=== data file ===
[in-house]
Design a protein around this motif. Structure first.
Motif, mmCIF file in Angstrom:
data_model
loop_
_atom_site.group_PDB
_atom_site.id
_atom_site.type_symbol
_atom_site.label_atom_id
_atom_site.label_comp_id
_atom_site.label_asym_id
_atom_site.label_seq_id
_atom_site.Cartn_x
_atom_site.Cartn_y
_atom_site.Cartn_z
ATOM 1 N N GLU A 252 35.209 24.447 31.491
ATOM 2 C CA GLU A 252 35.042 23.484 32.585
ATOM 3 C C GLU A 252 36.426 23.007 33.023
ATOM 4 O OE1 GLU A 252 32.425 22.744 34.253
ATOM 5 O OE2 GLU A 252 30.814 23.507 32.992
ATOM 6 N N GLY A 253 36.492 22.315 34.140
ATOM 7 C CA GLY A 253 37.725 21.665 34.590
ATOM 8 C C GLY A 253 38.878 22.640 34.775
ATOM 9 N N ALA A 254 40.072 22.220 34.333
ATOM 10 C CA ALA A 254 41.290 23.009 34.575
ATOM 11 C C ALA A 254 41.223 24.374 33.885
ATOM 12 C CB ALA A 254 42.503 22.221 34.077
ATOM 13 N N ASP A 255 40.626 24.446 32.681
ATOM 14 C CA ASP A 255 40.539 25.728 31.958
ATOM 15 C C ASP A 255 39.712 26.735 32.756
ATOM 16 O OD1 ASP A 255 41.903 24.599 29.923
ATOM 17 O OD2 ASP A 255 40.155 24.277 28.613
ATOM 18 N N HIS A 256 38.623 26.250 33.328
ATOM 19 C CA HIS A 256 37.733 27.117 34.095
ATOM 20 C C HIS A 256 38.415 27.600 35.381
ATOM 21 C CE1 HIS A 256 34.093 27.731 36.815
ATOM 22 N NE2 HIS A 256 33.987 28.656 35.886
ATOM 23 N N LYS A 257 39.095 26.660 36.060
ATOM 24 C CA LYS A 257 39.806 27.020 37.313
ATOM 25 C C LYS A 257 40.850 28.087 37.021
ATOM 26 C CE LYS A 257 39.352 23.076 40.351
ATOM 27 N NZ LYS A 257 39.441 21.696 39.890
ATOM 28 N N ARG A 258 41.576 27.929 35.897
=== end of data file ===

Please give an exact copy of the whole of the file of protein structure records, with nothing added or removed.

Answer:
[in-house]
Design a protein around this motif. Structure first.
Motif, mmCIF file in Angstrom:
data_model
loop_
_atom_site.group_PDB
_atom_site.id
_atom_site.type_symbol
_atom_site.label_atom_id
_atom_site.label_comp_id
_atom_site.label_asym_id
_atom_site.label_seq_id
_atom_site.Cartn_x
_atom_site.Cartn_y
_atom_site.Cartn_z
ATOM 1 N N GLU A 252 35.209 24.447 31.491
ATOM 2 C CA GLU A 252 35.042 23.484 32.585
ATOM 3 C C GLU A 252 36.426 23.007 33.023
ATOM 4 O OE1 GLU A 252 32.425 22.744 34.253
ATOM 5 O OE2 GLU A 252 30.814 23.507 32.992
ATOM 6 N N GLY A 253 36.492 22.315 34.140
ATOM 7 C CA GLY A 253 37.725 21.665 34.590
ATOM 8 C C GLY A 253 38.878 22.640 34.775
ATOM 9 N N ALA A 254 40.072 22.220 34.333
ATOM 10 C CA ALA A 254 41.290 23.009 34.575
ATOM 11 C C ALA A 254 41.223 24.374 33.885
ATOM 12 C CB ALA A 254 42.503 22.221 34.077
ATOM 13 N N ASP A 255 40.626 24.446 32.681
ATOM 14 C CA ASP A 255 40.539 25.728 31.958
ATOM 15 C C ASP A 255 39.712 26.735 32.756
ATOM 16 O OD1 ASP A 255 41.903 24.599 29.923
ATOM 17 O OD2 ASP A 255 40.155 24.277 28.613
ATOM 18 N N HIS A 256 38.623 26.250 33.328
ATOM 19 C CA HIS A 256 37.733 27.117 34.095
ATOM 20 C C HIS A 256 38.415 27.600 35.381
ATOM 21 C CE1 HIS A 256 34.093 27.731 36.815
ATOM 22 N NE2 HIS A 256 33.987 28.656 35.886
ATOM 23 N N LYS A 257 39.095 26.660 36.060
ATOM 24 C CA LYS A 257 39.806 27.020 37.313
ATOM 25 C C LYS A 257 40.850 28.087 37.021
ATOM 26 C CE LYS A 257 39.352 23.076 40.351
ATOM 27 N NZ LYS A 257 39.441 21.696 39.890
ATOM 28 N N ARG A 258 41.576 27.929 35.897